Most Expensive U.S. Cities for Business Travelers: Prices can vary widely between cities themselves and the areas that surround them. Add up the costs of lodging, ground transportation and meals for a three-day/two-night trip in a major city. It’s likely to cost up to 55 percent more than the average destination. Taking a city-by-city approach is the most accurate way to analyze business travel expenses,
A note on Methodology: Runzheimer analyzed travel cost data from 60 of the most common destinations for U.S. domestic business travel for this study. Airfare costs were calculated using median values for 14-day advance airfares.
China Market Survey Notes
In an article last week in the Asia Times headlined “Lone wolf travel more popular with young Chinese,” readers were able to glean some interesting and possibly useful info-bytes about these solo travelers:
—During the National Day “Golden Week” earlier this month, the number of Chinese who registered for group trips by themselves increased 56 percent over last year.
—Solo travelers are now the second-largest group of travelers in china—after family travelers—according to the Chinese OTA Qunar.
—Qunar also said that it found that the most popular activities that single travelers prefer to undertake during their excursions are diving, camping, hiking and cycling.
—There are today more than 240 million singles in China. Collectively, they form a bigger group than the combined population of Russia (146 million*) and the United Kingdom (68 million*).
—The trend will continue, as evidenced by that fact that, in 2018, 10.14 million couples registered to get married, 4.6 percent lower than in 2017. The marriage rate was 0.73 percent, according to China’s Ministry of Civil Affairs.
—According to China’s largest travel agency, Ctrip, as of September, the number of singles who traveled with groups increased by 40 percent over last year, and those who traveled abroad with groups increased by 10 percent year on year.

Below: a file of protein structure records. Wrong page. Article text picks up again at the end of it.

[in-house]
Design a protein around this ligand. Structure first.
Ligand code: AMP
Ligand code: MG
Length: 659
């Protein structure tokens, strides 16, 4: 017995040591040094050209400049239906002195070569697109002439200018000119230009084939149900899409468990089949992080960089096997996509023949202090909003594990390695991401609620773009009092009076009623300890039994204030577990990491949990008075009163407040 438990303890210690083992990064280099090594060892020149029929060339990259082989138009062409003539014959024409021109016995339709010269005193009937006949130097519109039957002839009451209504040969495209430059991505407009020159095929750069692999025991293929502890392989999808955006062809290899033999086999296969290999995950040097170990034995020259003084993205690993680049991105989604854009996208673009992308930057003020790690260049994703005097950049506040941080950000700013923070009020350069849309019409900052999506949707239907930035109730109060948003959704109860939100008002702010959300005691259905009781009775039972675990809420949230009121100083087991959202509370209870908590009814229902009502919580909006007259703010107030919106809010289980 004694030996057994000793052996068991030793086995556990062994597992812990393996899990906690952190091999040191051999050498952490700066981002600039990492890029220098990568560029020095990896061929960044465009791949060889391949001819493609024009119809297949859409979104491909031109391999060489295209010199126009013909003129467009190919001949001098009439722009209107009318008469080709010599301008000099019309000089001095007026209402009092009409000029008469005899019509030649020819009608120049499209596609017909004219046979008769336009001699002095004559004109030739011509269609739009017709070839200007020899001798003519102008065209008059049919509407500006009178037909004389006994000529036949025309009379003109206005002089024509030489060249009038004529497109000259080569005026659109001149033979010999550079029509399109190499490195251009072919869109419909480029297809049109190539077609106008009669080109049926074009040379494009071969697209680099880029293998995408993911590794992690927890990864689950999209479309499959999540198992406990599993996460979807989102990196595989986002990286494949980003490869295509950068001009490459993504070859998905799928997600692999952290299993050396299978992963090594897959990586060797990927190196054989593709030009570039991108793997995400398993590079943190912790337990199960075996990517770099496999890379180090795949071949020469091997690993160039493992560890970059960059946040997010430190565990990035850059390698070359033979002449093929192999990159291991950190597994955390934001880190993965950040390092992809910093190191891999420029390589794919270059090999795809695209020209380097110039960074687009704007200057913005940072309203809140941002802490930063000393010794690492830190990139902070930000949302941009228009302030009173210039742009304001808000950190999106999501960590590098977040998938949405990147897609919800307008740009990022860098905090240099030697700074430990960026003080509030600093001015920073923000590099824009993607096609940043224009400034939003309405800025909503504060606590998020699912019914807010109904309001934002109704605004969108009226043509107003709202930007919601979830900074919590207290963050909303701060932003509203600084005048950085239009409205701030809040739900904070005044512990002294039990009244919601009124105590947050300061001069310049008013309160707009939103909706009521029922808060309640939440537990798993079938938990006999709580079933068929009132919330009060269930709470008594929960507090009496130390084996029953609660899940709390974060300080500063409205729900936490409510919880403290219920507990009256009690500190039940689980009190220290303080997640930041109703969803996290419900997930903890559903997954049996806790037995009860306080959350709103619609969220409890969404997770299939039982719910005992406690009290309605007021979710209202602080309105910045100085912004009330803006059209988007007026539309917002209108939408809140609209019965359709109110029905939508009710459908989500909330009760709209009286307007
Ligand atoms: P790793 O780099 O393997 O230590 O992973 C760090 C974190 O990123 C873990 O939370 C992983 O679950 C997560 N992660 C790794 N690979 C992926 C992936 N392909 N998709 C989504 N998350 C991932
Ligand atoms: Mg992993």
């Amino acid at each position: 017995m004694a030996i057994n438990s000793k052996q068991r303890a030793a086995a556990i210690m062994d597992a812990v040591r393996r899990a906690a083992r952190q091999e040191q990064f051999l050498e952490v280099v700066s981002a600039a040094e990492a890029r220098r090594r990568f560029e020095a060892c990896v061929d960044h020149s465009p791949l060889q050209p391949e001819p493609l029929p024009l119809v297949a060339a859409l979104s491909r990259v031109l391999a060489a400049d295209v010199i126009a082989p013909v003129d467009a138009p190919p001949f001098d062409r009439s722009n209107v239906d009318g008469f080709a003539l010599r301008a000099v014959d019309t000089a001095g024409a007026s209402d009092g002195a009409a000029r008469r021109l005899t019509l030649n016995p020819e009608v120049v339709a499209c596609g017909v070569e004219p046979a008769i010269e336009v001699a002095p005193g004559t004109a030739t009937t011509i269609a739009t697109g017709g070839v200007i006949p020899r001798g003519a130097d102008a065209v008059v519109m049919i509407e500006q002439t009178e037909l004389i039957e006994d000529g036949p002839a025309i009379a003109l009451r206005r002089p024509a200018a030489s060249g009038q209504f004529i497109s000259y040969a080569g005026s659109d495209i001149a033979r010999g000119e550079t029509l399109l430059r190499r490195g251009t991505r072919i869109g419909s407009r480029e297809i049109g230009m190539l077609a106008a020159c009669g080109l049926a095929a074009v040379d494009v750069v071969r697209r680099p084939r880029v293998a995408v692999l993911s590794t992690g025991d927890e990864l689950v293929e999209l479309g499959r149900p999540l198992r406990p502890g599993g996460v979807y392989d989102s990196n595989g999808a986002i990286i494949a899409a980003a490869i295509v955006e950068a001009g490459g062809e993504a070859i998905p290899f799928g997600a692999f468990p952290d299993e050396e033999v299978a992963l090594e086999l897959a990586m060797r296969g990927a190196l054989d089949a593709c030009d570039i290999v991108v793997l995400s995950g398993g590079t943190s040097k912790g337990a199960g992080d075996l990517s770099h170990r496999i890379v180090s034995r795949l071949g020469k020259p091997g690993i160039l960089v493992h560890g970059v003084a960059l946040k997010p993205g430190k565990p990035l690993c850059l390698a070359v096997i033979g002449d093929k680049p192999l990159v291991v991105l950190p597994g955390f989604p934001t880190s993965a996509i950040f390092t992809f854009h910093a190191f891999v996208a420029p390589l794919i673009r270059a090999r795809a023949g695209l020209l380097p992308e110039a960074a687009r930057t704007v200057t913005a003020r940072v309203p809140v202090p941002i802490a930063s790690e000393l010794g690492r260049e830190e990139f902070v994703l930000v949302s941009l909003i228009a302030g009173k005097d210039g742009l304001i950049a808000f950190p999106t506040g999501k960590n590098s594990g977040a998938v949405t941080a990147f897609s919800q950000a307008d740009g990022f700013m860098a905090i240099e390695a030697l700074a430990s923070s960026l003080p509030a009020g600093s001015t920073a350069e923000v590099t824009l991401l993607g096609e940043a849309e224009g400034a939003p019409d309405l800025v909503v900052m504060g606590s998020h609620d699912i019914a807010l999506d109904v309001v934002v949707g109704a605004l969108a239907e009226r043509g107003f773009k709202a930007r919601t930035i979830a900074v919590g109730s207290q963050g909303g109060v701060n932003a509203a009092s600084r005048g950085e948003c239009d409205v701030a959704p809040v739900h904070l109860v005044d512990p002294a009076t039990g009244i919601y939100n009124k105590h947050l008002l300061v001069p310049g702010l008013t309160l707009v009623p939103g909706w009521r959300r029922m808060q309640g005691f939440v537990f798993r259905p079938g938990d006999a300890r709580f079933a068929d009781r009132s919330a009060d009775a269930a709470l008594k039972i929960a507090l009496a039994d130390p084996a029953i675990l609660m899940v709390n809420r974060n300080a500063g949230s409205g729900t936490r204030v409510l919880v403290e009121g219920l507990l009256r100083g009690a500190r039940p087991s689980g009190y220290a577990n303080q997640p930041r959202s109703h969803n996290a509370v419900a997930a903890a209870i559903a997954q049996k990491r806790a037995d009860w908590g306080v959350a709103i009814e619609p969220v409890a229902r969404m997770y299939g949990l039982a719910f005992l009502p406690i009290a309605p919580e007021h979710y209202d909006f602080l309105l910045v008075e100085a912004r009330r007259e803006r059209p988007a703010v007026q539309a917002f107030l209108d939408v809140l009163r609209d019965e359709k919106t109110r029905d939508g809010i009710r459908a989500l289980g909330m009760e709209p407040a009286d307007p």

—Said Neil Wang, president of the consultancy Frost & Sullivan in China, “The singles’ number is big, and this trend undoubtedly has implications for tourism, as when singles travel alone, they don’t need to consider the demands of companions, and they can choose destinations and plan their trips based on their own preferences.
* Estimates from Worldometers.info
For the complete article, click here.
From Inside Retail Hong Kong last week, we learned some things about themed travel:
—Themed travel—a relatively new tourism category identified by marketers, including concepts such as health and wellness, wedding photography and self-drive tours—is a fast-growing trend among Chinese tourists – with more than two in three from mainland cities prepared to try it as a hobby.
—Saskia Zhao, travel and leisure analyst at Mintel China Reports, told the publication, “In light of this, companies in China’s travel industry are moving beyond simply offering traditional travel products and are introducing themed travel to the market. (Mintel Group Ltd is a privately owned, London-based market research firm. The corporation also maintains offices in Chicago, New York City, Mumbai, Belfast, Shanghai, Tokyo, Sydney and Seoul.)
—Mintel research shows that “hobbies and in-depth travel experiences are what’s motivating Chinese consumers to try themed travel,” said Zhao.
—Research from Mintel also suggests a desire for new experiences seems to be what’s driving interest in the category. Three out of five urban Chinese respondents (of 3,000 surveyed online aged 20-49) say they are motivated to try themed travel because it would make a suitable hobby (66 per cent) and is an in-depth travel experience (64 per cent).